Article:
In the terminal, run:
It will prompt you to enter a question. Ask something relevant to the sample documents like:
What is Privilege Escalation?
LocalGPT will provide an appropriate answer by searching through the ingested document contents.
You can keep entering new questions, or type
Note: LocalGPT provided an options to choose the device type, no matter if your device has GPU. You can select the device type by adding this flag –device_type to the command.
python run_localGPT.py –device_type cpu
python run_localGPT.py –device_type coda
python run_localGPT.py –device_type ipu
To see the list of device type, run this –help flag: python run_localGPT.py –help
- Use a Different LLM
By default, LocalGPT uses Vicuna-7B model. But you can replace it with any HuggingFace model:
1. Open constants.py in an editor.
MODEL_BASENAMEas per the instructions in the LocalGPT readme.
3. Comment out other redundant model variables.
4. Restart LocalGPT services for changes to take effect.
And that’s it! This is how you can setup LocalGPT on your Windows machine. You can ingest your own document collections, customize models and build private AI apps leveraging its local LLM capabilities.
Note: If you use CPU to run LLM, you may need to wait a log time to see responses. We recommend to run this on GPU.
FYI: we tried this on one of Windows PC which as intel i7 7700 processor, 32 Gb RAM with 4 Gb GTX 1050 GPU. We get an average repose time of 60 to 90 sec on CPU. Unfortunately, we couldn’t run this on GPU, due to version compatibility issues with our Python and Tenserflow-gpu. We keep trying this and let you know once we are succeeded. If you are one of toes who successfully run this on your local GPU, please leave a comment.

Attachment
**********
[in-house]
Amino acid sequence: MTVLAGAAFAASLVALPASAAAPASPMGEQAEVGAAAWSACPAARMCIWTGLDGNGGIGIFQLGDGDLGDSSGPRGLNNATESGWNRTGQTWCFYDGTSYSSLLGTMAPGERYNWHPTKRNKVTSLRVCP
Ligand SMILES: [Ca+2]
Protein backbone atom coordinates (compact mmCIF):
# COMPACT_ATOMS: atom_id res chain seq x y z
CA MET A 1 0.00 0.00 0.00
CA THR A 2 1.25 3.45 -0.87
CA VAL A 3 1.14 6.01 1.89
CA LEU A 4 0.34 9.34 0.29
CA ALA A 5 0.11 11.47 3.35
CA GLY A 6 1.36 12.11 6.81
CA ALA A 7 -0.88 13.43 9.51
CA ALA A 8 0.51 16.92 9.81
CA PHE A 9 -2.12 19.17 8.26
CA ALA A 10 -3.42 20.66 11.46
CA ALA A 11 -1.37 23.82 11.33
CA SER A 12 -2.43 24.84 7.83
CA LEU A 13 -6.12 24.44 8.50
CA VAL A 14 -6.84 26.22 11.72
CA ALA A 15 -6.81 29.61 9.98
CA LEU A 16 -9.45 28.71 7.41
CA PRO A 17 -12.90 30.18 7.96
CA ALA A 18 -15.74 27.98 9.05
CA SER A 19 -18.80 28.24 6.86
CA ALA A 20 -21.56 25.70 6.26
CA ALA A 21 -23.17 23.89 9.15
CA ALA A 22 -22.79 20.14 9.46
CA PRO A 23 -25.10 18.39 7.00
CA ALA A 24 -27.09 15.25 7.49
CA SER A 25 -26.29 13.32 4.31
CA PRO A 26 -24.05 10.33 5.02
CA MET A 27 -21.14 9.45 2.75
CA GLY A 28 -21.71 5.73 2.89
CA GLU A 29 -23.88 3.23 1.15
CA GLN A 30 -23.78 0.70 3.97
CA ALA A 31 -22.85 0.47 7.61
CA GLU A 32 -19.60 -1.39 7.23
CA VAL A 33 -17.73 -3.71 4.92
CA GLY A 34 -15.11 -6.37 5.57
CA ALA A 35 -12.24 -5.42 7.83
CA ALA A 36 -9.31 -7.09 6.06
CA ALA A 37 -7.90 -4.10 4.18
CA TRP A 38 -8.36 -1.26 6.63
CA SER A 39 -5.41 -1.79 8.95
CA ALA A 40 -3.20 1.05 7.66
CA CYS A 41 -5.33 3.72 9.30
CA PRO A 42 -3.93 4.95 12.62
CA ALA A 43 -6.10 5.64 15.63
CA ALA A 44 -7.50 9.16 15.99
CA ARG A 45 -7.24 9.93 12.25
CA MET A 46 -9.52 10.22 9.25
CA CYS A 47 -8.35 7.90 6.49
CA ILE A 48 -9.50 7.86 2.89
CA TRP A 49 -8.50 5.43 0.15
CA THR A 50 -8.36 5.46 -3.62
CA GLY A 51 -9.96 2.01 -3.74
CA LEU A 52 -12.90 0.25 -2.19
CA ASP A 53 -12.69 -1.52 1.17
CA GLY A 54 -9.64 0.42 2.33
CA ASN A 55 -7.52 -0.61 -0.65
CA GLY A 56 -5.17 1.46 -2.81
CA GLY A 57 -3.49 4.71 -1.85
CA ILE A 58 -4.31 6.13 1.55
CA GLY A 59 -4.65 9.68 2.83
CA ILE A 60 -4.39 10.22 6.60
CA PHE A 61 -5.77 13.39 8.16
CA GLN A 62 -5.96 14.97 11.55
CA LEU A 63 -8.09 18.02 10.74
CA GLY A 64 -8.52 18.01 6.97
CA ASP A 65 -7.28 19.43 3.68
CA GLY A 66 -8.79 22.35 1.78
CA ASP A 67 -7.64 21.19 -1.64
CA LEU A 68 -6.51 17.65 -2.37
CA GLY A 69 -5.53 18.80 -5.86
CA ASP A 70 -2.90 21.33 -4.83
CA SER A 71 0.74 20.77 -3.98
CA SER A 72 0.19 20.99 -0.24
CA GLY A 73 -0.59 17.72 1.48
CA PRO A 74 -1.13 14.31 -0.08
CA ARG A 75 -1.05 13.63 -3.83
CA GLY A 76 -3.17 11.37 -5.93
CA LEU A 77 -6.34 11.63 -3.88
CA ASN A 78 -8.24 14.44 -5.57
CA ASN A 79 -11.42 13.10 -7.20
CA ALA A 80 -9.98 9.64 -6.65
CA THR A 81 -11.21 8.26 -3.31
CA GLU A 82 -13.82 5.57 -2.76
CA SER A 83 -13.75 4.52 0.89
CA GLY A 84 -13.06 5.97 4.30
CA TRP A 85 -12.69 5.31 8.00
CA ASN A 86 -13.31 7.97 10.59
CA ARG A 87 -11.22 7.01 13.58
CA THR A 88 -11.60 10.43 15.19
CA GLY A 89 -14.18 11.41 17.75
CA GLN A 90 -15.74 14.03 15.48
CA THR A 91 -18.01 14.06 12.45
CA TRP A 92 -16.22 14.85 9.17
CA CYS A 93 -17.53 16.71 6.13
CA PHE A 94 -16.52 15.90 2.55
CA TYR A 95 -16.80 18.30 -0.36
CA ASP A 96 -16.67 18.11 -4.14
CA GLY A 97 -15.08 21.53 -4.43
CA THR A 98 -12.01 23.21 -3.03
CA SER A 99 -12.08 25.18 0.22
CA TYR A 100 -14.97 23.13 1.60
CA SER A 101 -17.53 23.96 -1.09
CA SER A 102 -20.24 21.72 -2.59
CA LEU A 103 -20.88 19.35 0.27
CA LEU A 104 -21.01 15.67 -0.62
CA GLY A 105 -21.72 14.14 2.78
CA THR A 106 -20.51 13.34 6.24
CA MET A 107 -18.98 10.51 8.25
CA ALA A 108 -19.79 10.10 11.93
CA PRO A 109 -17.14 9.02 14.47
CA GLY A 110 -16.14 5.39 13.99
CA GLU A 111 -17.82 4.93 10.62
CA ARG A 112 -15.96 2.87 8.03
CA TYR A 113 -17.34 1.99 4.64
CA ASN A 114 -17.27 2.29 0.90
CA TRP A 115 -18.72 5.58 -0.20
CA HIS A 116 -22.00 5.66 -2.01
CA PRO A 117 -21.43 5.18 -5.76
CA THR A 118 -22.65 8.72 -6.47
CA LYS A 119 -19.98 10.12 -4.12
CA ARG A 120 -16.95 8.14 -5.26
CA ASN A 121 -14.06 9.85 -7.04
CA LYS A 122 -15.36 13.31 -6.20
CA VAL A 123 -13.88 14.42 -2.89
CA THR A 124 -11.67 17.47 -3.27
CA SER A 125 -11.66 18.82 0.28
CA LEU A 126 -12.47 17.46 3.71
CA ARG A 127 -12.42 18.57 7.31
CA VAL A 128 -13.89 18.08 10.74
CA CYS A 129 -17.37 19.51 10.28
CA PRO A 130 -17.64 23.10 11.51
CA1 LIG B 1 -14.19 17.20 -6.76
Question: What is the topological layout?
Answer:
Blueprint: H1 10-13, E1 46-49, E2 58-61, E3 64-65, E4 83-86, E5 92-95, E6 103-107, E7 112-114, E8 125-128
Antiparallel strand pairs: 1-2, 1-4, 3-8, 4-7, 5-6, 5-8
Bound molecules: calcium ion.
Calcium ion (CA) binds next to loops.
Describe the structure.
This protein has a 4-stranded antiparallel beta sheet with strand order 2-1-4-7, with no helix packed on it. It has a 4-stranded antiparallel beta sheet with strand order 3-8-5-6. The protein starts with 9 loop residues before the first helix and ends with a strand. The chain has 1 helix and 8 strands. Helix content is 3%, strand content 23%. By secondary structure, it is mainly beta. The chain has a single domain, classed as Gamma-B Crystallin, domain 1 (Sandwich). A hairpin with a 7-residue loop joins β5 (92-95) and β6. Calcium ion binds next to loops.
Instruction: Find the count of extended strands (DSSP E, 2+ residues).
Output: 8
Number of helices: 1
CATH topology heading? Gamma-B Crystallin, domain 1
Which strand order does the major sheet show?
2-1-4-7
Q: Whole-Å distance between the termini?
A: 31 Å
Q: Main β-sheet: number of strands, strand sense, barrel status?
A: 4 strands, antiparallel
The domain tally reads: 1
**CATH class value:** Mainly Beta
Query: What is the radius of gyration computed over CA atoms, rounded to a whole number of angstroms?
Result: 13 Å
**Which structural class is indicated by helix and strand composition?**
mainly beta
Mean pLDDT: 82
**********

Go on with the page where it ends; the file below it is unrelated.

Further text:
And that’s it! This is how you can setup LocalGPT on your Windows machine. You can ingest your own document collections, customize models, and build private AI apps leveraging its local LLM capabilities.
Note: If you use the CPU to run LLM, you may need to wait a long time to see responses. We recommend to run this on GPU.
FYI: We tried this on one of our Windows PCs which has an Intel i7 7700 processor, 32 Gb RAM with 4 Gb GTX 1050 GPU. We get an average repose time of 60 to 90 sec on the CPU. Unfortunately, we couldn’t run this on GPU, due to version compatibility issues with PyTorch and CUDA Took KIt. We keep trying this and let you know once we have succeeded. If you are one of toes who successfully ran this on your local GPU, please leave a comment.
Being able to leverage the power of large language models locally on your device provides tremendous opportunities to build intelligent applications privately. However, installing and configuring complex deep-learning software can seem daunting for many Windows users.
In this comprehensive, step-by-step guide, we simplified the process by detailing the exact prerequisites, dependencies, environment setup, installation steps, and configurations required to get LocalGPT up and running on a Windows PC.
By closely following the instructions outlined and checking the system requirements beforehand, you should be able to successfully install LocalGPT on your Windows 10 or 11 machine without major issues. We also covered how to ingest sample documents, query the model, and customize the underlying LLM as per your application needs.
While still experimental, LocalGPT enables you to unlock the myriad capabilities of large language models to create personalized AI solutions that keep your data completely secure and private. No documents or information is ever transmitted outside your computer.